Anyone who’s a frequent driver, cyclist or pedestrian along Forest Park Avenue has an idea what the research and development phenomenon called Cortex looks like – at least an imposing architectural chunk of it.
As Cortex president and CEO Dennis Lower notes, there’s much, much more than the average passerby might imagine in the district, more than what’s presented by the modern building at 4320 Forest Park Ave. with the tilted glass façade and, across Boyle from it, the skeleton of a new building rising on the corner.
Cortex, the acronym for Center of Research, Technology and Entrepreneurial Expertise, sprawls over 200 acres of urban real estate in the west end of St. Louis, and is bookended by the venerable Washington University School of Medicine and related institutions on the west and IKEA on the east. Of those 200 acres, 60 percent is yet to be built upon. Cortex – now officially called the Cortex Innovation Community – has 205 companies operating in its environs, providing 3,600 jobs to date.
The Cortex idea, Lower said, was conceived in 2000; the actual formation of it was in 2002. Its first major groundbreaking was in 2004, and other such groundbreakings followed in 2006, 2012, 2013, 2014 and 2015.
If one were to employ references to the human body to describe the composition of Cortex, you’d say it has a developing and growing skeleton, vital organs in place, elastic skin and an amazing and versatile brain. Recently it has come to own something resembling an emergent soul.
Cortex is built on particular St. Louis strengths, the life sciences and information technology. Together this dyad forms a definition of an important aspect of 21st century dynamism.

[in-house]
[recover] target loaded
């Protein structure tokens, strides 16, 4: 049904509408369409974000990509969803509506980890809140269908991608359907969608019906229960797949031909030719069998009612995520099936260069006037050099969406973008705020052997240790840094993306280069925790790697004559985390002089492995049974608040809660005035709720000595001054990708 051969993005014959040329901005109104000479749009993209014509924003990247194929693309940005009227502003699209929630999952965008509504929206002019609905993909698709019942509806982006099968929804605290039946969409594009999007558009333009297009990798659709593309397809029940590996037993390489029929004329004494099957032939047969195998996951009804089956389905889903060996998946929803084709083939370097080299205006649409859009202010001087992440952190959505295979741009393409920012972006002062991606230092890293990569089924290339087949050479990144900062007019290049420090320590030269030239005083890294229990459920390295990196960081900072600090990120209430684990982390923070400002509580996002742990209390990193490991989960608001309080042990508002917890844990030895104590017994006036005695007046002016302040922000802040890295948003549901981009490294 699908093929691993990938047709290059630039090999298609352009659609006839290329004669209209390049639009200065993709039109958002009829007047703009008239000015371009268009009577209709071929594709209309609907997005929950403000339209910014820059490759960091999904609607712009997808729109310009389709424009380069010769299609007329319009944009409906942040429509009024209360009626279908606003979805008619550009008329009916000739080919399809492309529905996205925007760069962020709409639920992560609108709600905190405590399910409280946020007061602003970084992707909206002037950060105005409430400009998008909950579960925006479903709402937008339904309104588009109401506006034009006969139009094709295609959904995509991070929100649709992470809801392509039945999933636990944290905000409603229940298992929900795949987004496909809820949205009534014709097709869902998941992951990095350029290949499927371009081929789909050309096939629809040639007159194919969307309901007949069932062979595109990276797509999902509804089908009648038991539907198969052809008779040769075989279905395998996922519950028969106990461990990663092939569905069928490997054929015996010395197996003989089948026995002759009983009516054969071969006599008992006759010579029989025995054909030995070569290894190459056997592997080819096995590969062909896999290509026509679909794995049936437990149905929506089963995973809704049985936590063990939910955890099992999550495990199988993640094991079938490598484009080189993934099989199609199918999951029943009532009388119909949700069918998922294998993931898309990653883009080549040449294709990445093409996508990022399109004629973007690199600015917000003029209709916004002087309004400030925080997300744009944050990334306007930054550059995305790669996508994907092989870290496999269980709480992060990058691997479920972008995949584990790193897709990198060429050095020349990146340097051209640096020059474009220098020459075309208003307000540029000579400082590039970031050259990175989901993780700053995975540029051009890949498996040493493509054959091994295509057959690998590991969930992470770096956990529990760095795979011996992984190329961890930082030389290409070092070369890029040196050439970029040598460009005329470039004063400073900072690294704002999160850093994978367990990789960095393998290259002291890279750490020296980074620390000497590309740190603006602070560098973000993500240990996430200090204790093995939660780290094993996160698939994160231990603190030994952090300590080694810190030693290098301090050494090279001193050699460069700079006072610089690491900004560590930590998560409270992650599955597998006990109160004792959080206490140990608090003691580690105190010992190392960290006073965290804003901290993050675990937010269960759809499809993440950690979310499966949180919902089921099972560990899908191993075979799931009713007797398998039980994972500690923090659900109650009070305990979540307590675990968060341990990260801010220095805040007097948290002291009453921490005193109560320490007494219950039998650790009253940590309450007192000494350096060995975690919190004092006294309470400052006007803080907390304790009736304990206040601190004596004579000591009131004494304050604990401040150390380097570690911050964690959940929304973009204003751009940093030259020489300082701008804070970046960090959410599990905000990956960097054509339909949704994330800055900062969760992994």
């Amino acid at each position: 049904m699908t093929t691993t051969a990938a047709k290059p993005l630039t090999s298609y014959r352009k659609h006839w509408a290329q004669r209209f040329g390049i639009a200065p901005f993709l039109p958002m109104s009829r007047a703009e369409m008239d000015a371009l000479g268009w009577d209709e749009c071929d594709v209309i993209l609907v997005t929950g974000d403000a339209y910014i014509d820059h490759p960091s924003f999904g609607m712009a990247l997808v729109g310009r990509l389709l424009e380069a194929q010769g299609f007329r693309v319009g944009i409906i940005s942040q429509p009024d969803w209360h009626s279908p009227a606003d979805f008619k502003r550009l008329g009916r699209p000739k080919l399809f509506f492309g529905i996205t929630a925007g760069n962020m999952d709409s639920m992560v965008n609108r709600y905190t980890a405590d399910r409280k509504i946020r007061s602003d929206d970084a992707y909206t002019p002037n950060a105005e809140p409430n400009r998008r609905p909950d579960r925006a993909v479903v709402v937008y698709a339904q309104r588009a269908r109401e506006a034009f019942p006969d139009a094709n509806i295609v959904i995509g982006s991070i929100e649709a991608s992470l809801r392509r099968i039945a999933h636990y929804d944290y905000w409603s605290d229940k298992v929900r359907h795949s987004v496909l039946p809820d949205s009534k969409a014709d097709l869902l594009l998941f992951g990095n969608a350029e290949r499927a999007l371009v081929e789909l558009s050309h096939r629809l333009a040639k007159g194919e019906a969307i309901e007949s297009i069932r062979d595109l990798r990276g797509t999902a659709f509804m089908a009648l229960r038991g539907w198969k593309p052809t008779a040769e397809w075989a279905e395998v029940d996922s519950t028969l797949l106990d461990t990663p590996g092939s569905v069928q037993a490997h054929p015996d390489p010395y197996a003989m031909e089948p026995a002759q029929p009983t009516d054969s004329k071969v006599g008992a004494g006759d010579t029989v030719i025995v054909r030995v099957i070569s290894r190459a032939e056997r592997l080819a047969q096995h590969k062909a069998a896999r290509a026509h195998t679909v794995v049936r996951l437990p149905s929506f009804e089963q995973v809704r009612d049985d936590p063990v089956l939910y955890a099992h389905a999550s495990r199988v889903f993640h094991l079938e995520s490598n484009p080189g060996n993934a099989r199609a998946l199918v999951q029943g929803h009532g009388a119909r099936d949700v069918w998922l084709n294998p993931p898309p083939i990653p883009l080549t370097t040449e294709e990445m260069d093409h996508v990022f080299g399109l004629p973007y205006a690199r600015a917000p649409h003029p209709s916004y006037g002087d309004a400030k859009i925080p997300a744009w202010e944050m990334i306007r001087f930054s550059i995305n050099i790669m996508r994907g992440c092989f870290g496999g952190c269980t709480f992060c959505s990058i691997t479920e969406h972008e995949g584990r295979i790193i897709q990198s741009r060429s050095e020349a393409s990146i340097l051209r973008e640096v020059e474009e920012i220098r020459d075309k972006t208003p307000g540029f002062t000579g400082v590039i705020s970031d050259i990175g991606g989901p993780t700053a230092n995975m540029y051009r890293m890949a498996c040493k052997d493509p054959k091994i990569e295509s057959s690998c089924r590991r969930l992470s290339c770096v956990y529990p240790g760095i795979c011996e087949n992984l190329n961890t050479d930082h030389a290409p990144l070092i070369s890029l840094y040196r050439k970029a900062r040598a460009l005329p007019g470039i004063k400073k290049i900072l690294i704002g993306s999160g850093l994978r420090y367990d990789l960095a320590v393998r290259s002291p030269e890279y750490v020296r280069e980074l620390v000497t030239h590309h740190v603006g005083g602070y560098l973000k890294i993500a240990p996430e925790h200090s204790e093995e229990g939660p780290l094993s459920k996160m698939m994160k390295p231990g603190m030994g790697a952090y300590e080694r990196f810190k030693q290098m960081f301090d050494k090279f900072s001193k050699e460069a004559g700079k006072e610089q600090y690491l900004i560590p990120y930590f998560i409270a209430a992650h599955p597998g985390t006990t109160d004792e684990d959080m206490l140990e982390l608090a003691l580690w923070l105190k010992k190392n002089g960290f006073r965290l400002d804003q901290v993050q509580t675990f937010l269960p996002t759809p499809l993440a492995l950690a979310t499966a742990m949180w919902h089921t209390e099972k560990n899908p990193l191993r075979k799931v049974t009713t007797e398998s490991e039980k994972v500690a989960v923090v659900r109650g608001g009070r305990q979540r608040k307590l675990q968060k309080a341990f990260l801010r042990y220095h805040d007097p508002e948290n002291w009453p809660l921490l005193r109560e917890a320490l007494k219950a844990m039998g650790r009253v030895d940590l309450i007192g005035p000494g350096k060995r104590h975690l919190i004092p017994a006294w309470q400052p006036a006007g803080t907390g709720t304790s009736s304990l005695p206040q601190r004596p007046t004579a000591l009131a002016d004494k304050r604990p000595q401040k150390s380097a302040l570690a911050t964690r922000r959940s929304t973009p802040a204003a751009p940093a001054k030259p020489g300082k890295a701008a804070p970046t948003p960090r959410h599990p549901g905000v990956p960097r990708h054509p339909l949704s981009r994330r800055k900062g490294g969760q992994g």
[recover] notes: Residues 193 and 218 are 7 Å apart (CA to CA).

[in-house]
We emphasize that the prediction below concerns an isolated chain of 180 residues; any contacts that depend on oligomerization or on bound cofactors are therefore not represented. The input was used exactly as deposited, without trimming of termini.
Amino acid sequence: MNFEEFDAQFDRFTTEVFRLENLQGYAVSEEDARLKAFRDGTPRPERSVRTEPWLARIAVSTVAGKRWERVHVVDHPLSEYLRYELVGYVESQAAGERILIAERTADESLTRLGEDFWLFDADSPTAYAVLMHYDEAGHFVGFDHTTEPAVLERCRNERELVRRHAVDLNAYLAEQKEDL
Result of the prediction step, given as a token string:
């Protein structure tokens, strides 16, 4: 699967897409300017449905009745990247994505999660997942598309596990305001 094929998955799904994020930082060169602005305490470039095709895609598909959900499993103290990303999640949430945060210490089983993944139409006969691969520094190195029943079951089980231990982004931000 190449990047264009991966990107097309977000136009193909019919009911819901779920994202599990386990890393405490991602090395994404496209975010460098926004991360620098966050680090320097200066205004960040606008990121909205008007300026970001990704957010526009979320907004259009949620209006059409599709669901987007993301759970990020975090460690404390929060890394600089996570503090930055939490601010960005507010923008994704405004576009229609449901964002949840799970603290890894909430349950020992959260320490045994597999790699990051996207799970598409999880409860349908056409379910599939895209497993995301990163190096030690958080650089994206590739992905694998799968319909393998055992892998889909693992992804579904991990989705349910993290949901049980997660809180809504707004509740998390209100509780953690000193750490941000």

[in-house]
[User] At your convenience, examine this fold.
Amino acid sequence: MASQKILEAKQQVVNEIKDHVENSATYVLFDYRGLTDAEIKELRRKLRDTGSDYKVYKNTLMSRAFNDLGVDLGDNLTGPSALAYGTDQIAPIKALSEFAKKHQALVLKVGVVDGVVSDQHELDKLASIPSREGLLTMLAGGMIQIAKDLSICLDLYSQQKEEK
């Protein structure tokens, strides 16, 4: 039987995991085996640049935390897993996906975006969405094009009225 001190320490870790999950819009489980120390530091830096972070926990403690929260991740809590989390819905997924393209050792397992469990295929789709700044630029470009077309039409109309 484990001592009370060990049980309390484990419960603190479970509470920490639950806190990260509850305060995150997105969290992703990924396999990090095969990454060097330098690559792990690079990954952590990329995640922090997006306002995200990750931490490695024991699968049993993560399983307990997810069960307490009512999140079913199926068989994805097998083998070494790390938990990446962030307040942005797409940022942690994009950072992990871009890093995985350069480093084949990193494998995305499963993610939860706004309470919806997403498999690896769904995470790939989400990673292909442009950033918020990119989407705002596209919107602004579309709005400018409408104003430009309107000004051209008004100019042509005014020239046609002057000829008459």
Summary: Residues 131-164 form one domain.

As you turn off Forest Park Avenue and head south on Boyle, the realization of potential, imagination, the blending of old and new - all this opens before you. And just east of the Boyle Avenue asphalt, the serene soul in the midst of a busy place comes gently into view.
In its decade-plus of life, Cortex has acquired status as a center of vitality, and now in its center, recently completed, exists this soul, which can be called an agora or a forum or a plaza. Officially it is called the Commons. Whatever it’s called, Lower’s intention is it will serve as an inviting, walkable environment for those who work in the district as well as those who visit, an inviting open space friendly to pedestrians and bicycle riders, dog walkers and joggers.
Already the new Commons has become a gathering place for the constituents of Cortex and for the general public. This version of open space – contrasted to a park, or a mall or an amphitheater -- exalts the void rather than the imposition of material construction. Since ancient times, it has been a marketplace for vigorous exchanges of ideas and occasionally for revolutions as well as for clothing, groceries, etc. Civic celebrations occur in spaces such as this, as does civic grieving. Spaces such as this provide solitude.
The hope and the expectation is that the men and women who work in Cortex buildings, as well as neighbors who might be attracted to it, will come there for not only for rejuvenation and solitude but for discussions and debates about their work and about public affairs.
That’s a tall order, but this evolving and striking place, between Duncan and Clayton avenues just east of Boyle (interrupted by the MetroLink and other railroad tracks), seems conducive to such enrichment.
Bright red-orange chairs and black-top tables accommodate the lunch bunches who’ve brown-paper bagged it or who’ve patronized the food trucks who pull up on the edge of this plaza.